False eyelashes are one of the few things in life that simultaneously bring us incredible joy, as well as crippling anxiety. (Also on the list? Real Housewives of Orange County marathons and logging onto Twitter.) Up until now, our method of application has fallen into the “stick it near the vicinity of our eye and hope it looks good” category. (This works about 50% of the time and is not a technique we would recommend.)
We have also tried the latest innovations like lash extensions, magnetic strip lashes, and all of the lash-enhancing serums you can think of, but nothing beats a pair of good old falsies. Luckily, we now have a falsie expert on our side: resident Byrdie beauty guru and celebrity makeup artist Lauren Andersen.
Responsible for the long, fanned-out lashes of celebs like Jessica Alba and Chrissy Teigen, Andersen is clearly a master of the craft—which is why we tapped her to show us the ropes. So with no further ado, we are delighted to present the ultimate guide to applying fake eyelashes like a true professional.
Scroll down for the step-by-step guide on how to apply false lashes, from individual to strip ones, plus Andersen’s best falsie tricks.
Applying Individual Lashes
A surprising discovery we made while observing Andersen apply individual lashes? She applies them after mascara. “After applying mascara, let your lashes dry,” she says. “The great thing about individual lashes is that they let you fill in any holes or gaps in your lash line.”
Anderson's mascara of choice is Dior's Diorshow Black Out Mascara. A rich black pigment coats the lash to provide an amplified look to even the shortest of lashes. The brand suggests layering the product on for even more length and drama.
“[My hand] is my palette and my workspace—it’s where I put everything!” Andersen says. She puts a dot of eyelash glue on the back of her hand, picks up each individual lash with tweezers, and then dips it in the glue for the perfect amount of stickiness.
Next comes the difficult part: actually applying the lashes without poking your eyes out. “I use tweezers, but some people use their fingers,” Andersen says. “I like tweezers so I can place them exactly where I want them—they should follow the direction of your natural lashes.” She starts above the iris of her eye and then fills in the lash line going out. “You want the lash to barely touch your skin, not the base of your real lashes,” she says. “I stabilize my arm against the mirror, so you might want to sit on your sink!”
As for the lashes themselves, she recommends choosing knot-free versions like these from Ardell. They don’t have a band and create a more seamless, natural look when applied to your lash line. Not to mention they are a budget-friendly option that seem to be a staple in many makeup artists' kits.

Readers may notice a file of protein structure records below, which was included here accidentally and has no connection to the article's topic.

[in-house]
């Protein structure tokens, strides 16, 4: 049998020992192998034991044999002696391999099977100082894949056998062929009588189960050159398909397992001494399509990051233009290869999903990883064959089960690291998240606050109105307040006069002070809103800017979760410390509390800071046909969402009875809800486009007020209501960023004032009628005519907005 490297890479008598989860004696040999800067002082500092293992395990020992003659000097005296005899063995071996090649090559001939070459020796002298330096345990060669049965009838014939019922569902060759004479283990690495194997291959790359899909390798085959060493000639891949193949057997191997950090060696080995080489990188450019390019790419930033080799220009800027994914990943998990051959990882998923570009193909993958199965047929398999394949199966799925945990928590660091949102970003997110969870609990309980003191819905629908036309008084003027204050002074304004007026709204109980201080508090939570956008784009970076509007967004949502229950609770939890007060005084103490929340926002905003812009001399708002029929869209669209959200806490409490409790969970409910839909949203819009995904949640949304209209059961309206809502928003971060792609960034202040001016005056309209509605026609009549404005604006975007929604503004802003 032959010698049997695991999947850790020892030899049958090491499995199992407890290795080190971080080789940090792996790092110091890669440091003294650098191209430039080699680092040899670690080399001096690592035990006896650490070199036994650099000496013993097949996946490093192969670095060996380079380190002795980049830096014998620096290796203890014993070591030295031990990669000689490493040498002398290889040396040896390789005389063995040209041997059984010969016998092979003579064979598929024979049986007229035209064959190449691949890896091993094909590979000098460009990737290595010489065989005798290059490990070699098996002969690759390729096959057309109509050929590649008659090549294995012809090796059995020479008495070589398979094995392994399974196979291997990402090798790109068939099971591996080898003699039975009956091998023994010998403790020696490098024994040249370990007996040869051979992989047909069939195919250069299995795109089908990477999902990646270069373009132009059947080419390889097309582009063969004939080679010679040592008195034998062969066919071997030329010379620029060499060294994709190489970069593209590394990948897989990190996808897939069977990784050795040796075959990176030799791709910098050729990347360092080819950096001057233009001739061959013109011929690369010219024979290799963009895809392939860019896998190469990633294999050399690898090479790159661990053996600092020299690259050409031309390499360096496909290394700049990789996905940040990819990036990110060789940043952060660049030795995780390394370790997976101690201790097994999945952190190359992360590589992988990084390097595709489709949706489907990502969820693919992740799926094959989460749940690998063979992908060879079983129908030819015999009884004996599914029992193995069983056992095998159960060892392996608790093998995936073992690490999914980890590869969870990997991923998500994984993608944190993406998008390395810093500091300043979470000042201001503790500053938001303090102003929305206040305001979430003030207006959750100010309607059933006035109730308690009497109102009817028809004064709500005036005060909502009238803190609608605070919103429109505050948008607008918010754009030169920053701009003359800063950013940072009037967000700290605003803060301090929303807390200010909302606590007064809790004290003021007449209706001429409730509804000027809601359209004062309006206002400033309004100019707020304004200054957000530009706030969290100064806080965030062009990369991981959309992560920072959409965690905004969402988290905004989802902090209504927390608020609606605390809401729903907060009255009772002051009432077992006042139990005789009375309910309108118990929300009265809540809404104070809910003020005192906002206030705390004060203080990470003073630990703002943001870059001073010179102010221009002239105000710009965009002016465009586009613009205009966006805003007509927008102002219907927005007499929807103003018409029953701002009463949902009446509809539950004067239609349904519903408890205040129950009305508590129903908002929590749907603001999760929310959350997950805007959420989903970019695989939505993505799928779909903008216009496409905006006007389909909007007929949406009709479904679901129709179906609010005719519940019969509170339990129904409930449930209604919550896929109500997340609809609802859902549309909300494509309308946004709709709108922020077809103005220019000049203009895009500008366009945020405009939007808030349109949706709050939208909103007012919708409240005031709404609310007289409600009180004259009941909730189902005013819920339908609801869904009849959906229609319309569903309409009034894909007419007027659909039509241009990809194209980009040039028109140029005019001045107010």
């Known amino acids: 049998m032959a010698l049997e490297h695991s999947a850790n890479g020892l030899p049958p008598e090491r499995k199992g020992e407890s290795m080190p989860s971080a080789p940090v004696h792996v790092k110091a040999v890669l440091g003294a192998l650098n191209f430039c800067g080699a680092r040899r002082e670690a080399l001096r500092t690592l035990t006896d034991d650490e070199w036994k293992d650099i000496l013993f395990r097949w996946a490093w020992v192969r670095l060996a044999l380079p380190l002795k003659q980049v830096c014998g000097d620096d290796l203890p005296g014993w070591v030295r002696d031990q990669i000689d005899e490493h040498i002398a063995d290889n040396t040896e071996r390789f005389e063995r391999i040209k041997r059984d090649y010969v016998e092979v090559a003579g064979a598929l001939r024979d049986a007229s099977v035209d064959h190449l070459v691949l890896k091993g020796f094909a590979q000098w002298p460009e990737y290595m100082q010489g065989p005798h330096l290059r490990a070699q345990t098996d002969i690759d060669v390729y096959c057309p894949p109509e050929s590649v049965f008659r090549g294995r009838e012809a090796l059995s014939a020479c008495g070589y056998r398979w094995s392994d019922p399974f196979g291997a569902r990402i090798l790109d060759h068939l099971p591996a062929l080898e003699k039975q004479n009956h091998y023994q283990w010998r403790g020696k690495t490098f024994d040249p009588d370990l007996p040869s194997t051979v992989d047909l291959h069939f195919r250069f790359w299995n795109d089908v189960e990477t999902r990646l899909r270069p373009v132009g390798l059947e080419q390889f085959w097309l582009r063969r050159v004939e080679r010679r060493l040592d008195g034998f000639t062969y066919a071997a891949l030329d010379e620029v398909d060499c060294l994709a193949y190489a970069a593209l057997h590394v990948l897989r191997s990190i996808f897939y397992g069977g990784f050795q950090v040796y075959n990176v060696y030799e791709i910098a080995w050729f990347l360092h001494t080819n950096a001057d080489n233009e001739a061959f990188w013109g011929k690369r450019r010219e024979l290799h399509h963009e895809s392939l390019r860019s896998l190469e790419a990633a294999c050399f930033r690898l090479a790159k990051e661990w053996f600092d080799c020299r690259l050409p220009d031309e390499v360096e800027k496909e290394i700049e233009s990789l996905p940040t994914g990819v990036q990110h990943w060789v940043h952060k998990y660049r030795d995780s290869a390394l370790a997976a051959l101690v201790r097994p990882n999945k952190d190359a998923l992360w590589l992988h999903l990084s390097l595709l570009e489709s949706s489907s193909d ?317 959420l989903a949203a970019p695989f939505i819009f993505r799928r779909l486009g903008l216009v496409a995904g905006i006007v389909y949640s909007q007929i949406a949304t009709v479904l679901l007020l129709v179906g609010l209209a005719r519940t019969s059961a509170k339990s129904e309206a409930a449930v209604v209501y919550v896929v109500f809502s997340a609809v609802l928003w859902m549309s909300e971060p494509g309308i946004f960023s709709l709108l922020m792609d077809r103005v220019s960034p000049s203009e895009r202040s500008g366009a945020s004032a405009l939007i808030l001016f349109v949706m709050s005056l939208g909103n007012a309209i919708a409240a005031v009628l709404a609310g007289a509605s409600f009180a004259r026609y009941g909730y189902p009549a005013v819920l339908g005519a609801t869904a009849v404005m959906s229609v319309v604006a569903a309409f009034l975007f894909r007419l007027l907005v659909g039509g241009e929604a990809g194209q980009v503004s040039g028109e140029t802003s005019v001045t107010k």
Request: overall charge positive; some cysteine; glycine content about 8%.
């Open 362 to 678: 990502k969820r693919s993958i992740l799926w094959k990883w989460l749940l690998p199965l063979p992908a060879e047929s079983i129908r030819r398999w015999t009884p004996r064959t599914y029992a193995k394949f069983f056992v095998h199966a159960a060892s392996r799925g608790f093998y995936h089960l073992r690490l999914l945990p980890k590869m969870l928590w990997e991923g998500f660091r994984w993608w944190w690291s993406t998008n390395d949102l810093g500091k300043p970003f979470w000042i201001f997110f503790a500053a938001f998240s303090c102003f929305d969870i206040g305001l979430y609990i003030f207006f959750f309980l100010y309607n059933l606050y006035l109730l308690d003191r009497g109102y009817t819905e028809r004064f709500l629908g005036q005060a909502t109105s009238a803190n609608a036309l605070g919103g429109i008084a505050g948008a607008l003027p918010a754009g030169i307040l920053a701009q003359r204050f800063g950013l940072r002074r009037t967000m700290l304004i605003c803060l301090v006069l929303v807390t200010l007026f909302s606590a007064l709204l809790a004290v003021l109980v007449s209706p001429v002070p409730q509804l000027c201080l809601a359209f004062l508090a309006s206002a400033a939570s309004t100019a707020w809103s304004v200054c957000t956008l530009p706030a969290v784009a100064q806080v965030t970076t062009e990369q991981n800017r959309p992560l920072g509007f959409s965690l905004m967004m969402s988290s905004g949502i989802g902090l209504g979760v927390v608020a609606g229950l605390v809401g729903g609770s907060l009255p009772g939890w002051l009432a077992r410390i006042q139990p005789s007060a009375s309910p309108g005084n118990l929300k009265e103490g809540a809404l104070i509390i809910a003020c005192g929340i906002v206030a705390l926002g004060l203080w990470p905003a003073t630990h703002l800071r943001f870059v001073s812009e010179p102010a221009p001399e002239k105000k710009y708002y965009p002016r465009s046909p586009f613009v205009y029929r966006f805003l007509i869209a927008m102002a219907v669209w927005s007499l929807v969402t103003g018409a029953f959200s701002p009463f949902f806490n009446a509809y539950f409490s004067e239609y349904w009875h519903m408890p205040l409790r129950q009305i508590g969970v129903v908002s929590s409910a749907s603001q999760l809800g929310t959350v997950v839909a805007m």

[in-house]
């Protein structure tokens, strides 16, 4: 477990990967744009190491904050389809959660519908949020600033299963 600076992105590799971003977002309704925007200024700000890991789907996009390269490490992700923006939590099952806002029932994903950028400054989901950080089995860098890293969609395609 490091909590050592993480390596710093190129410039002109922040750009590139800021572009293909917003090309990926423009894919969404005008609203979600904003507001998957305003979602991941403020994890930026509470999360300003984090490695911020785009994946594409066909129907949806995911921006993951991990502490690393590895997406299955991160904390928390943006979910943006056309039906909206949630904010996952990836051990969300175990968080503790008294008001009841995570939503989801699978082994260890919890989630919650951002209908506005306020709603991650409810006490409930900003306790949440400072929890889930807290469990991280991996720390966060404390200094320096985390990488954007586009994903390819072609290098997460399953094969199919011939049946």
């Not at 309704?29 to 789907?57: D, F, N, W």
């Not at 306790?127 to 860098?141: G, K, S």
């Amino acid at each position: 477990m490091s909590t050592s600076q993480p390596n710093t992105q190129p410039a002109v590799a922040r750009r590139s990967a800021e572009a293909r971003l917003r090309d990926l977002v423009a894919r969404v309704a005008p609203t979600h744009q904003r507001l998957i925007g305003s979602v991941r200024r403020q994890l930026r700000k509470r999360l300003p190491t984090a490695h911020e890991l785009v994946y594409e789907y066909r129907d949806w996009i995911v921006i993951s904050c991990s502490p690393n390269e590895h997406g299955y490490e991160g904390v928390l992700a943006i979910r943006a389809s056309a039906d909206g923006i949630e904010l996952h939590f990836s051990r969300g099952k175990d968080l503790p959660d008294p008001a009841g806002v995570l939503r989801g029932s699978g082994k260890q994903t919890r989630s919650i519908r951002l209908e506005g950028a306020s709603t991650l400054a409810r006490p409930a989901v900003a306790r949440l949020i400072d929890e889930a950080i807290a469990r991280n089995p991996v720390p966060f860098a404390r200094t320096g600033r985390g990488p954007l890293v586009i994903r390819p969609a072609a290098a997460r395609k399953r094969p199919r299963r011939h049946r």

For a more dramatic look, Andersen will add one or two medium-length individual lashes on the outer corners of her eyes to give her lashes more extension. If you notice a lash or two go awry, don’t be afraid to fix them as the glue is drying. “If individual lashes tilt to the left or right, you can just use your finger to straighten them,” Andersen says.
Andersen says you can go back in with your mascara and apply one more coat once the glue dries. This will make sure that the individual lashes blend with your natural lashes by binding them together. It is a little step that makes your final look seemingly perfect.
Applying Strip Lashes
“I always do band lashes on myself,” Andersen admits. “It’s just easier because it’s a one-step process.” She does share one little-known trick, however: Cut your strip lashes in half to make them easier to apply.
You want to follow the same approach as we did with the individual lashes. Applying the glue on the back of your hand and use it as a way to apply the glue to your lash band.
After applying your strip lashes, you can straighten any lopsidedness by gently positioning the lashes with your fingers before the glue dries. This is where cutting the lashes in half is helpful, as it allows for better control of the positioning of the lashes. You won't have to worry about the inner or outer corners popping up as you work to adjust the lashes to your eye shape.
Unlike individual lashes, Andersen says applying mascara after you finish gluing your lashes is vital to making the final effect look natural. “This helps blend them into your natural lashes,” Andersen says. “When you’re getting to the inner corner of your eye and you want them to blend more, you can take scissors and actually trim off the longer edges of the lashes so that they blend with your natural lashes as well.” Just be careful not to cut your natural lashes!
Lashes on, mascara swiped—you’ve officially mastered the art of applying false eyelashes.